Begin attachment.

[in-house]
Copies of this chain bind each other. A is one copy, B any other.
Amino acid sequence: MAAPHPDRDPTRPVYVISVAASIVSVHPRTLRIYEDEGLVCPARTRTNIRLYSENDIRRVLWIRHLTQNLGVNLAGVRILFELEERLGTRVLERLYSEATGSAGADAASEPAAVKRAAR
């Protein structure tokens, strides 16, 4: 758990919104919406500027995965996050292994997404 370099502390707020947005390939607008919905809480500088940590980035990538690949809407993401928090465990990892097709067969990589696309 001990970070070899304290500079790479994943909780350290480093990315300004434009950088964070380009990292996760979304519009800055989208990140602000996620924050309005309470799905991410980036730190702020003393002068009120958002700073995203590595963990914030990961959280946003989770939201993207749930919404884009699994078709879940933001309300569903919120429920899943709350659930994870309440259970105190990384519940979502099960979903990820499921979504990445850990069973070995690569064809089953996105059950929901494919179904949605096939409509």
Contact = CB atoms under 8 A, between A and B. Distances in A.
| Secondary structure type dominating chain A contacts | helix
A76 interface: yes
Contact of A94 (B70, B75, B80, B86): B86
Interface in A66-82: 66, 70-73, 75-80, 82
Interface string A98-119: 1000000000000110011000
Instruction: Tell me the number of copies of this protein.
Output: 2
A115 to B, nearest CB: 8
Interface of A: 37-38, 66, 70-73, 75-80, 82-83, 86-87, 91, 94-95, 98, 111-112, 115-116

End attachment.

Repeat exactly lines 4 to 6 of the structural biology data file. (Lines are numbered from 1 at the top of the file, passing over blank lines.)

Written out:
């Protein structure tokens, strides 16, 4: 758990919104919406500027995965996050292994997404 370099502390707020947005390939607008919905809480500088940590980035990538690949809407993401928090465990990892097709067969990589696309 001990970070070899304290500079790479994943909780350290480093990315300004434009950088964070380009990292996760979304519009800055989208990140602000996620924050309005309470799905991410980036730190702020003393002068009120958002700073995203590595963990914030990961959280946003989770939201993207749930919404884009699994078709879940933001309300569903919120429920899943709350659930994870309440259970105190990384519940979502099960979903990820499921979504990445850990069973070995690569064809089953996105059950929901494919179904949605096939409509």
Contact = CB atoms under 8 A, between A and B. Distances in A.
| Secondary structure type dominating chain A contacts | helix